The AI spring will herald a surge in machine-learning-related M&A
Machine learning is hot, and interest in it is widespread, with everything from autonomous vehicles to automated medical diagnoses being driven by it. This is due to a number of factors. First, compute power is available as never before, especially via the hyper-scale cloud providers. Second, data is available in unprecedented volumes, which means the algorithms have more to get their teeth into (machine learning lives or dies depending on the quantity and quality of the data available).
Third, organizations are coming to the realization that machine learning is the only way to drive efficiencies through automation because there is simply too much data for humans to manage and analyze on their own; they need the force-multiplier effect that machine learning can bring. All these factors are already driving M&A, and will continue to do so for a long time to come. This report looks at the M&A that has happened, and some of the areas where we expect more.
The 451 Take
We believe the artificial intelligence (AI) winter spanning 30 years or more is finally over, and we're in the AI spring. From autonomous vehicles to cancer diagnosis, developers are building applications to take advantage of machine learning and help humans do things more efficiently than we can unaided. Anywhere there is a critical problem that involves analyzing data at scales beyond that humans can handle using current analytics tools is ripe for being transformed by machine learning. It's rare for a technology to be attractive to the entire technology stack from silicon to applications, but that's how broadly applicable machine learning is.
Let's define what we mean by AI, machine learning and deep learning, which are the most often used phrases to describe what is going on, and are often used interchangeably – not always correctly. AI is the quest to build software running on machines that can 'think' and act like humans – what can be thought of as general AI. Machine learning is a subset of artificial intelligence focused on using algorithms that learn and improve without being explicitly programmed to do so. The algorithms take data as an input, and the output is predicted data or actions. The algorithms improve as they are exposed to more data. Think of this as narrow AI.
Deep learning is a branch of machine learning based on a specific set of algorithms that attempt to mimic the working of the brain in the form of multilayered neural networks. Deep learning enables machine-learning algorithms to learn features from an input of raw data. In other words, it not only learns how to use the features (for example, the edge of a person's face), but it also learns how to represent the age of a person's face from raw data.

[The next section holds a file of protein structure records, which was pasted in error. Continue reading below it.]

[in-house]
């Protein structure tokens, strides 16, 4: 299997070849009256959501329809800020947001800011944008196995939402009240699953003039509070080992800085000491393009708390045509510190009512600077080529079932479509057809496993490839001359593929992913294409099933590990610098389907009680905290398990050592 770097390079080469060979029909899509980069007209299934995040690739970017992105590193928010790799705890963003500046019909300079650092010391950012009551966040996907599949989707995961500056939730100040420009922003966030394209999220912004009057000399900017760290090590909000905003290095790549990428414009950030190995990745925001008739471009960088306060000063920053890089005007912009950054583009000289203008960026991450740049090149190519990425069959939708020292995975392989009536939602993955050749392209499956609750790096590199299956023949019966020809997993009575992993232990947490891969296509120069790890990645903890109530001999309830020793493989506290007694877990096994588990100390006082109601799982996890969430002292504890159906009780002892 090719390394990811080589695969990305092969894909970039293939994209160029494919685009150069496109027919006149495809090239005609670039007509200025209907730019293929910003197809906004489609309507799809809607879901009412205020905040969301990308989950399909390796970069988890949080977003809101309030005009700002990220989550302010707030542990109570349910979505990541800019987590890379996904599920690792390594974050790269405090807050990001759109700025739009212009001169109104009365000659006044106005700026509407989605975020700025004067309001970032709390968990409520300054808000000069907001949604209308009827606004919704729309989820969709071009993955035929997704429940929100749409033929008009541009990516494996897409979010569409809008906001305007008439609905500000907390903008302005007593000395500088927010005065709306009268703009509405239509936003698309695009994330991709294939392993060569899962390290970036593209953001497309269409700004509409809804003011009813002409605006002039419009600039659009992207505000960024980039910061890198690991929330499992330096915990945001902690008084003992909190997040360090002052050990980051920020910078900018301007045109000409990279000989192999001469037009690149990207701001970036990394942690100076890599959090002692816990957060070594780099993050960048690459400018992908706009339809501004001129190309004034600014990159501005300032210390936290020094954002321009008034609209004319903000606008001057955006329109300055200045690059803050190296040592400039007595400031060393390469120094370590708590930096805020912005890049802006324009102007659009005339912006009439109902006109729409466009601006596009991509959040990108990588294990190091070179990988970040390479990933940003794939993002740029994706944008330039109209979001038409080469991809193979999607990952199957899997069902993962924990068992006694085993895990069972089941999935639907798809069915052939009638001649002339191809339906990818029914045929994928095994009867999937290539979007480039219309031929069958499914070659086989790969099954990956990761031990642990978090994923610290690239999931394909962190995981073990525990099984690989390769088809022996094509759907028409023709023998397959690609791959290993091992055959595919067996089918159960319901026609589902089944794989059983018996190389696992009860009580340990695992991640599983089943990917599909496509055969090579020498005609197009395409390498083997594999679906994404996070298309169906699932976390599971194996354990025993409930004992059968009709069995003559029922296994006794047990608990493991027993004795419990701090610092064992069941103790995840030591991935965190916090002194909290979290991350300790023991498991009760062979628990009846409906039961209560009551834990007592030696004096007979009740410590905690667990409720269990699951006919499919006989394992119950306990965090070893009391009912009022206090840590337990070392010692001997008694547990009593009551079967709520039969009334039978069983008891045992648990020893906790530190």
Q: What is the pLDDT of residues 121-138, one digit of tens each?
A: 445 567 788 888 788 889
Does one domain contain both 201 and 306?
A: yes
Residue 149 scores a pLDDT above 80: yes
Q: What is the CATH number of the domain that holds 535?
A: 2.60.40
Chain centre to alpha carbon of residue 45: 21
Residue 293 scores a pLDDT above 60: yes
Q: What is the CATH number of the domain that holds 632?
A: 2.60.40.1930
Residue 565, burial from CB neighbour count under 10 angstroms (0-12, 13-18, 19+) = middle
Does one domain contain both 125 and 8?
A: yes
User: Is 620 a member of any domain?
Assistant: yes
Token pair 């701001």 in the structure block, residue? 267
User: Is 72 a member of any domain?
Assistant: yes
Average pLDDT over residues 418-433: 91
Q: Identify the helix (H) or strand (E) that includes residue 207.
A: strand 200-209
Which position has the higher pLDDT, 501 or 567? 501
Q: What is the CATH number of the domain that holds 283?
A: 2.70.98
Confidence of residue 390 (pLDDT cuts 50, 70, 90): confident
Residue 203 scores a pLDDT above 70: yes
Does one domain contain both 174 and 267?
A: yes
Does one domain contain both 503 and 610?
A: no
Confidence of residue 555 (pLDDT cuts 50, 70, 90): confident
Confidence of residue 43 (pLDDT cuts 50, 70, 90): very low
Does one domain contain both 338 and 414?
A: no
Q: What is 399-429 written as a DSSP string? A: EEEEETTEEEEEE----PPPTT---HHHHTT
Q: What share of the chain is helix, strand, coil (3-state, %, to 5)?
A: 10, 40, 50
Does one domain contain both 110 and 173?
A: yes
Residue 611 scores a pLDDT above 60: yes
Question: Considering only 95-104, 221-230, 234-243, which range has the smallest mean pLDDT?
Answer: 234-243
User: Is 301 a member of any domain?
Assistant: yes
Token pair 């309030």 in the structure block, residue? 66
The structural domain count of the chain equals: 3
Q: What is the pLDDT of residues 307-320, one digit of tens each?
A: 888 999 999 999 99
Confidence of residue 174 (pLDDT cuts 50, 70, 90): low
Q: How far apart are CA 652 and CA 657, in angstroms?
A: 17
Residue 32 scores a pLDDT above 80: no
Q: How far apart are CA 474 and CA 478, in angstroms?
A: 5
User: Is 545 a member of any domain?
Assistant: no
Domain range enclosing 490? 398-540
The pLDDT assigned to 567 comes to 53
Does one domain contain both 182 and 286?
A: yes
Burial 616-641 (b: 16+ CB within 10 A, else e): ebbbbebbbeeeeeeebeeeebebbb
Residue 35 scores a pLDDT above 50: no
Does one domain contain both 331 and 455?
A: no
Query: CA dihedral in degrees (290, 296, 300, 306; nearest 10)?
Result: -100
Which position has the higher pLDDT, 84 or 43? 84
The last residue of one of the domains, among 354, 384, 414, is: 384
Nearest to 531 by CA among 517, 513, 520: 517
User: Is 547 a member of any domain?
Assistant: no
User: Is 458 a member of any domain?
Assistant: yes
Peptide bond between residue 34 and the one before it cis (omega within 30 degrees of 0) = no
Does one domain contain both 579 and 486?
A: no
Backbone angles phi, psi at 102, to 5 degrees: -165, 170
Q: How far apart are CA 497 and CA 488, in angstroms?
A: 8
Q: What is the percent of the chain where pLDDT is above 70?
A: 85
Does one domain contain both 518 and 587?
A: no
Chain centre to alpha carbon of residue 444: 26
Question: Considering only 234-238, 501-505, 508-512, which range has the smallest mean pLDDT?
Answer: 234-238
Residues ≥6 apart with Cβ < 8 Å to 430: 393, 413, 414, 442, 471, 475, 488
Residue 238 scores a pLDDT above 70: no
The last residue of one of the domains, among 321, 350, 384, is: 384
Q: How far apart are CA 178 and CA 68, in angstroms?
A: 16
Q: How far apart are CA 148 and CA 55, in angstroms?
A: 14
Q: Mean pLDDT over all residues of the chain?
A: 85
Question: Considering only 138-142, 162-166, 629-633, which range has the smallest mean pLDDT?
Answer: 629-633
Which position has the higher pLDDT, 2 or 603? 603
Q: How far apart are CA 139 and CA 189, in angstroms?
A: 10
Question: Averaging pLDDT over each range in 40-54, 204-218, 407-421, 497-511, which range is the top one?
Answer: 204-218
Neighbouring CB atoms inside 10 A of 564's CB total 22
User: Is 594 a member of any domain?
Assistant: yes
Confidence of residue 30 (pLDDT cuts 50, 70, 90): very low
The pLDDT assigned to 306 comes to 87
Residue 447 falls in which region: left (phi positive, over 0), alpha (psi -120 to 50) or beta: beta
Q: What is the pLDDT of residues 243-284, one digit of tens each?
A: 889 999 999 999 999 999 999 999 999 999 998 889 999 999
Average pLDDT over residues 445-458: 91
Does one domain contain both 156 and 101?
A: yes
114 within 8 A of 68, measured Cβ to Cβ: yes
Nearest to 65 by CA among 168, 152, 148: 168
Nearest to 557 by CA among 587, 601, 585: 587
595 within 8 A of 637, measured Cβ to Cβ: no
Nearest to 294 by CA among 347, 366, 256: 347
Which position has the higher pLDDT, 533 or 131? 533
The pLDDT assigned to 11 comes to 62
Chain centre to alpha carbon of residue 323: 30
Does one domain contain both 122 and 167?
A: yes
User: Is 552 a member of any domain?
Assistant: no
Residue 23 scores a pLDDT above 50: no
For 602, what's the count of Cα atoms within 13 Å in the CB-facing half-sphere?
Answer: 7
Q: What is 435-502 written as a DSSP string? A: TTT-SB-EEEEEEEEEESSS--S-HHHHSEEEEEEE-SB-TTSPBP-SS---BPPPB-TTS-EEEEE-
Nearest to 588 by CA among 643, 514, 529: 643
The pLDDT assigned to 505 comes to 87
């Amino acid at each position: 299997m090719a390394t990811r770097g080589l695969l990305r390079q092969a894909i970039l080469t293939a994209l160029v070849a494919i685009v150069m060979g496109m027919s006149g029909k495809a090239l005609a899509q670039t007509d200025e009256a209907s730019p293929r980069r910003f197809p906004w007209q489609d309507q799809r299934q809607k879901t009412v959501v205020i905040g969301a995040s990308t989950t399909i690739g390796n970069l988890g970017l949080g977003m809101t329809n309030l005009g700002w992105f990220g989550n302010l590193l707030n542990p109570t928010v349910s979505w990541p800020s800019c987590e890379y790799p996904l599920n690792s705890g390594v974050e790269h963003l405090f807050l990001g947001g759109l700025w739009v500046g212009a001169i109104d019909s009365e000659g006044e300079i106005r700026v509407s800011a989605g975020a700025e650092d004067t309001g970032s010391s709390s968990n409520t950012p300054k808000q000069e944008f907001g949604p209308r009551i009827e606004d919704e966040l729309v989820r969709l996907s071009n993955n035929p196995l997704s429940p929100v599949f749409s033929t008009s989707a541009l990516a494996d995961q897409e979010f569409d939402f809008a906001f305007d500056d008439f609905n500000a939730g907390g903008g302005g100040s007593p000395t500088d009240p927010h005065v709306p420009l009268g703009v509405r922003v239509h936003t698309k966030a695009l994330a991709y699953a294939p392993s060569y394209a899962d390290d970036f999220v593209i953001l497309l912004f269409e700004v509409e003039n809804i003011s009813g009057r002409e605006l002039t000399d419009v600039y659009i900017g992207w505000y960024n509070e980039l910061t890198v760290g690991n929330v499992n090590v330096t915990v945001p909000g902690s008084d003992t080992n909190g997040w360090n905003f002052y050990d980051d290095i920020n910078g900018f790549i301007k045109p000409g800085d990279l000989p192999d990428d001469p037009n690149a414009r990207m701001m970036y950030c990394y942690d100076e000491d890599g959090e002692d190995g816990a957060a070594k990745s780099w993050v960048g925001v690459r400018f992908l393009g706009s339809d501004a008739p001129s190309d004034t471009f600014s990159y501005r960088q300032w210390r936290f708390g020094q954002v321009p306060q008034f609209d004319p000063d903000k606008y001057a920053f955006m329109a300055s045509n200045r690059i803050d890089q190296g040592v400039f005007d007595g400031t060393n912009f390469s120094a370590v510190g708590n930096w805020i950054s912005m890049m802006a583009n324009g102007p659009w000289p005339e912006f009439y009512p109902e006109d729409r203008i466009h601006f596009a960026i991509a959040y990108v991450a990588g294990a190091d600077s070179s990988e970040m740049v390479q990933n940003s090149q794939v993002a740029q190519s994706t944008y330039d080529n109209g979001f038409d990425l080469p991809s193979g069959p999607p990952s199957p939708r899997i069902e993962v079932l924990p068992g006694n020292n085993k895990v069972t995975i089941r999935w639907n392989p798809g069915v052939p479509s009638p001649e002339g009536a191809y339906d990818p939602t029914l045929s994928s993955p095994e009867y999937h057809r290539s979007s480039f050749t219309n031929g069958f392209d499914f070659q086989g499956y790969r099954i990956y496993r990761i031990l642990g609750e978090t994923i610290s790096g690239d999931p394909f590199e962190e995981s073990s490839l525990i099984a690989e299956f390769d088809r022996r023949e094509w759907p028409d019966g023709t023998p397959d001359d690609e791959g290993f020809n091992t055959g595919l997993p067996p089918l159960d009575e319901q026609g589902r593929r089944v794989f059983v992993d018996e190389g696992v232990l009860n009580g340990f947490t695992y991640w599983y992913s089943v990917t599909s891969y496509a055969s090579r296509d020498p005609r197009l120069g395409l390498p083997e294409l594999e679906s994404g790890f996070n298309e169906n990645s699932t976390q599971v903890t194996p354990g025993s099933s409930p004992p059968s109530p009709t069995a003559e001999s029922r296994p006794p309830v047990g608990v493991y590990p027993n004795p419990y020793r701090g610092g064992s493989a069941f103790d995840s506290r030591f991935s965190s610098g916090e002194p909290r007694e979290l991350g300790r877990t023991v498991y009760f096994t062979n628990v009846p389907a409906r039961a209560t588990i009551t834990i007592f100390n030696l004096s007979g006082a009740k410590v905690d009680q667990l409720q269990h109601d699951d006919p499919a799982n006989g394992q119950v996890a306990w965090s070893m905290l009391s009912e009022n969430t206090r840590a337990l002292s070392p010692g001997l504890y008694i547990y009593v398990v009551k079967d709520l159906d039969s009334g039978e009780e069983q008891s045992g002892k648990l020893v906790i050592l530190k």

Google's AlphaGo software is a good example of deep learning. It learned how to play the board game Go from scratch. It was never told any strategies or tactics; it just played the game thousands of times before it got very good at it, and thus in effect learned the tactics of the game. AlphaGo was written by Google's DeepMind team – the result of the January 2014 acquisition of the London-based company of the same name for about $400m.
The 451 M&A Knowledgebase reveals some trends in machine-learning deals. Three use cases stand out in terms of significant deals, but there are many others. They are image recognition, big data analytics and security analytics. The buyers vary quite a lot, from chip companies like Intel to software firms such as Salesforce to automobile companies such as Ford. This reflects the broad appeal of machine learning. In fact, we believe we've reached a point where any predictions about the future of software that don't include extensive use of machine learning will be wide of the mark.
Notable machine-learning deals
Intel's two most recent deals – that of Movidius in September and Nervana Systems in August – were both driven by machine learning. Movidius' low-power chips enable image recognition in use cases including automated navigation, physical anomaly detection and augmented reality. Such small, low-power embedded devices across the Internet of Things (IoT) benefit from sensing the world around them and acting in real time.
Nervana had built an engine specifically for accelerating deep-learning algorithms. Deep learning lends itself to being optimized in silicon because it is a series of parallel operations across the layers of the neural networks, so we can expect other chip deals to optimize deep learning. Intel is also working on the development of Knights Mill, a next-generation version of its Xeon Phi many-core family, specifically optimized for deep learning, and due to emerge in 2017.
Nvidia is the biggest chip vendor really focused on machine learning, and already has cloud presence in every major cloud out there, including Amazon Web Services, Google Cloud Platform, IBM Cloud and Microsoft Azure, with all those providers offering Nvidia's graphics processing unit (GPUs) chips as part of their compute engines. Nvidia's share price has perhaps reflected its status as the main chip play where machine learning is concerned, up 229% year to date.